[158v] there is only one in office. Of the 200 villages only 28 are Christian, 10 Armenian and 18 Jacobite. The Christian villages are however in general much larger than the Kurdish ones. The official statistics published 4 years ago give 13,420 Mussulmans, and 2,307 Christians. According to my calculation, and I visited all the Christian villages except four very small ones, there would be 3,048 Christians reckoning 6 persons to a home; and there are probably about four times as many Mussulmans, including the three nomad tribes Mahmedan, Strugan and Demli, which are always in the caza and which number in all about 4,000 souls. Except the chief village Kufra, where the Caimacam resides, and one large village Minar
 there are no mixed villages, that is to say villages now inhabited by both Christians and Mussulmans. There is no Christian school in the whole of Sherwan, nor, so far as I can learn, has there ever been one, and of Mussulan schools none but a few very small Koran schools; and the people in general have remained more ignorant and backward than those of any part of the Vilayet outside the Sairt Sanjak. There are however some remnants of a former civilization, which is said to have been Persian. Kurdish Beys until about 50 years ago ruled in their now ruined castle, but their descendants have now sunk almost to the common squalor.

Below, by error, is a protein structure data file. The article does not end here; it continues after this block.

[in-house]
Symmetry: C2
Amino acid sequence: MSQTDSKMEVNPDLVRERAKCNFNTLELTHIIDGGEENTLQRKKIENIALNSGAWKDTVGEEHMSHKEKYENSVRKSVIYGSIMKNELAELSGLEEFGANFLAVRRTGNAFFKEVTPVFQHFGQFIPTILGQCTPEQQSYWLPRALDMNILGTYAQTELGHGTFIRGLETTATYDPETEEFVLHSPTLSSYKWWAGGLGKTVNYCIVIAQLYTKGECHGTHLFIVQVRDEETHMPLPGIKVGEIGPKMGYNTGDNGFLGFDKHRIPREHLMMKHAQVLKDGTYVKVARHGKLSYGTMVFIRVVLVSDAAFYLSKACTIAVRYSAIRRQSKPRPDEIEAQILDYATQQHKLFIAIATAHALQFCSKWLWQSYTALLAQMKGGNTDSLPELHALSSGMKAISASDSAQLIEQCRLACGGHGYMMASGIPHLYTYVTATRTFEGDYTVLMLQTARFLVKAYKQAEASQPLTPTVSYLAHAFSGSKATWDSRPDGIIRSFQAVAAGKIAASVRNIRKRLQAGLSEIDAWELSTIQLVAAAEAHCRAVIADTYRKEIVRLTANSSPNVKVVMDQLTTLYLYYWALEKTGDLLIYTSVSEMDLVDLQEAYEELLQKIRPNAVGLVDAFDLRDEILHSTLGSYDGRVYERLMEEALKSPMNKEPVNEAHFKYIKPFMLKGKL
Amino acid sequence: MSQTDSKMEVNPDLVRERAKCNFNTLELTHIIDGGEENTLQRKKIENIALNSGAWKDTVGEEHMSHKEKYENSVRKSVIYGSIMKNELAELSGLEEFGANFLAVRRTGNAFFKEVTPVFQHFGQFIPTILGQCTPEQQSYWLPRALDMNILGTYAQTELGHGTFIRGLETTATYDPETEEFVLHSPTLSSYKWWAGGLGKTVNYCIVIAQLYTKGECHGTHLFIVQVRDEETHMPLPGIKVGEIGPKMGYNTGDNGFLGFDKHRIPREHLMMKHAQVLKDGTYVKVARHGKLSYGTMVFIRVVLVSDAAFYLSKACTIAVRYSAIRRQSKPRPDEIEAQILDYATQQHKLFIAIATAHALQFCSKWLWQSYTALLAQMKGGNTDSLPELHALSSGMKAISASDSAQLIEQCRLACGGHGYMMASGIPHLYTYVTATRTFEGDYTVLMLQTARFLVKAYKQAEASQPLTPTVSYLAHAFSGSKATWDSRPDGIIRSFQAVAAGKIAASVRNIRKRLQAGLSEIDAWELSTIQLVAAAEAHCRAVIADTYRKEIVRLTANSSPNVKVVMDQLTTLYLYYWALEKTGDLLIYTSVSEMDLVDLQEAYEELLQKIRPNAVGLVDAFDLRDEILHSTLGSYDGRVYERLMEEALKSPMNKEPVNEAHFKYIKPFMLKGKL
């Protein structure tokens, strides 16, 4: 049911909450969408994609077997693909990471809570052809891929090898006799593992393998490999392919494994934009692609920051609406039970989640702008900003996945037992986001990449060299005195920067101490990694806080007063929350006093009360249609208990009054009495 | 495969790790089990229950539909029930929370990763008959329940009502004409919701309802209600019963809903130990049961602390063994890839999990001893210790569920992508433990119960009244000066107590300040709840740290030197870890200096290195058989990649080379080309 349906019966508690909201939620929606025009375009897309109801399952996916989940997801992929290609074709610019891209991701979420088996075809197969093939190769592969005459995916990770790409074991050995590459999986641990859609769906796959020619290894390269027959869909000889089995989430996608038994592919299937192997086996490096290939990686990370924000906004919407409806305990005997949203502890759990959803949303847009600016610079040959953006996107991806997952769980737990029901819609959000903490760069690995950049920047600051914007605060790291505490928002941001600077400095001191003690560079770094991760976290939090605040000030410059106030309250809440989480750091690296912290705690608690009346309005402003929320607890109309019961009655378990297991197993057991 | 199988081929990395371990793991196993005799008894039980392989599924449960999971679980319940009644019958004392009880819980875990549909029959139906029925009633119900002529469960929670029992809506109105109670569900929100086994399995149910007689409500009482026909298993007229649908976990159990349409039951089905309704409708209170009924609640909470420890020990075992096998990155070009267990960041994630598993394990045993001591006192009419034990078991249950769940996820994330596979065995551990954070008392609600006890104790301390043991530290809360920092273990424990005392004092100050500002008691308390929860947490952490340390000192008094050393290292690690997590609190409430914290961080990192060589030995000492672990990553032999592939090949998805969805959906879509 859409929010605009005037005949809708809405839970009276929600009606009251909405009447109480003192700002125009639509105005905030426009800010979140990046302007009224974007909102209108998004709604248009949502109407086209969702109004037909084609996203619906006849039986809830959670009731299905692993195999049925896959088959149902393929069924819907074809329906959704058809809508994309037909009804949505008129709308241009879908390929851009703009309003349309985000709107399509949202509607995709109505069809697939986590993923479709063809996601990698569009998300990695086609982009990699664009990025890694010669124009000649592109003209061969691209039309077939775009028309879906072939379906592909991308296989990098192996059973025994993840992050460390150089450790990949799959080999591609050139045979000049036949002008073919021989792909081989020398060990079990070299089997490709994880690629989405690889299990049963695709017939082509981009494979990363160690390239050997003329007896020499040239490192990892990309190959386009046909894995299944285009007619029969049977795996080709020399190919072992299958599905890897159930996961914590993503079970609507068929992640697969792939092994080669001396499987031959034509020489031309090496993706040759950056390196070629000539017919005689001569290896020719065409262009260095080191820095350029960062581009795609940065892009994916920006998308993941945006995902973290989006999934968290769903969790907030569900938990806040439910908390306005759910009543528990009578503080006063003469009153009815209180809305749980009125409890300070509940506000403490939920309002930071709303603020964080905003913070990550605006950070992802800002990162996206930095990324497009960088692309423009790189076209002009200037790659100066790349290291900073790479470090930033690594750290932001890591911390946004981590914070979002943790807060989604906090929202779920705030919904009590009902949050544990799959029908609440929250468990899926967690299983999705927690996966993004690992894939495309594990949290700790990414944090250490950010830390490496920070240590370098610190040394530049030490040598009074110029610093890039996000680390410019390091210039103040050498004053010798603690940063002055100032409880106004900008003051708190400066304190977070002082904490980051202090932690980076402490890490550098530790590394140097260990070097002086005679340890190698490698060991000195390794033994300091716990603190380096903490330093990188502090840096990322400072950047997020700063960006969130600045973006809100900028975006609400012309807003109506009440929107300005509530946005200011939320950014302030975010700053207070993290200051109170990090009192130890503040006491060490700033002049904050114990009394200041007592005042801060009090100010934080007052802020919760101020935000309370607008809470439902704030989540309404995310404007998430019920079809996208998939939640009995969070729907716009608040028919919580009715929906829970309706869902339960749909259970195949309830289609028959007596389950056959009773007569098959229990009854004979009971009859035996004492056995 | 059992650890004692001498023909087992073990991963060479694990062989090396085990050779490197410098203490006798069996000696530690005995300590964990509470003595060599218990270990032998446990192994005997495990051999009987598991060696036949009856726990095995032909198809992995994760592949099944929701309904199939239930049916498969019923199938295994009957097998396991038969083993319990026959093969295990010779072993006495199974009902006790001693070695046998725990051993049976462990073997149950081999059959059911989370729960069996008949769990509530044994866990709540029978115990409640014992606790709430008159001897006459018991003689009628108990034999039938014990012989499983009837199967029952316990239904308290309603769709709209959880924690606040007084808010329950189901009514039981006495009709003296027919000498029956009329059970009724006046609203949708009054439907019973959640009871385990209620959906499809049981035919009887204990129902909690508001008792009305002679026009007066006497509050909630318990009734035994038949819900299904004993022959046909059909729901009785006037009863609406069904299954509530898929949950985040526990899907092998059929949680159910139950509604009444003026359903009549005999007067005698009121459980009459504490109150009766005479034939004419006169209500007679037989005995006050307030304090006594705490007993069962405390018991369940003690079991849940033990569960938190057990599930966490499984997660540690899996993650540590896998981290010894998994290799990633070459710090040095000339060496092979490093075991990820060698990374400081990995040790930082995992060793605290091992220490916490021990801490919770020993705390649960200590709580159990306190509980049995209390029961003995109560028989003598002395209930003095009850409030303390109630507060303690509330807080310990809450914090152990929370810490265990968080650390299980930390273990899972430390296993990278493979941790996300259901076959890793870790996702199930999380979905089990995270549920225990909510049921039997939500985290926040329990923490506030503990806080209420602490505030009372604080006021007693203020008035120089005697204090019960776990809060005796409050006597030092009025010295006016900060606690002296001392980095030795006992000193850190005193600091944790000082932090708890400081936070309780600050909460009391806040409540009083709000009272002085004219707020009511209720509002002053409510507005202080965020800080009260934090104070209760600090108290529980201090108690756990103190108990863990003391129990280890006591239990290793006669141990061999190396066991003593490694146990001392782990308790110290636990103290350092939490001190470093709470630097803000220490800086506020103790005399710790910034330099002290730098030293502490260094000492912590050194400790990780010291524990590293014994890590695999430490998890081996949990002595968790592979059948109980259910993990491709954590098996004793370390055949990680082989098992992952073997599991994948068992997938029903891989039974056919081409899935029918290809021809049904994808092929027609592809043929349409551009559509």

The people, Kurdish and Christian, were living together in tolerable peace and comfort until November 1895. They had almost entirely recovered from the effects of the scarcity of 1892. They
[159v] had good harvests in 1894 and 1894, and the people who had left on account of that scarcity had almost all returned to their villages. In November 1895 Sherwan became of the whole vilayet, perhaps the worst scene of plundering and of forced conversion to Islam. The Christians of Sherwan were a special object of the charity of the Armenian Relief Committee. Their present condition, now that they have been almost all reconverted from Islam, seemed a matter deserving special inquiry. Most of Sherwan seems never to have been previously visited by any European.
I took the easiest road from Bitlis to Sherwan, that following the Sairt road through Dukhan to place 2 hours beyond it - and then leaving it and proceeding 1/2 hour to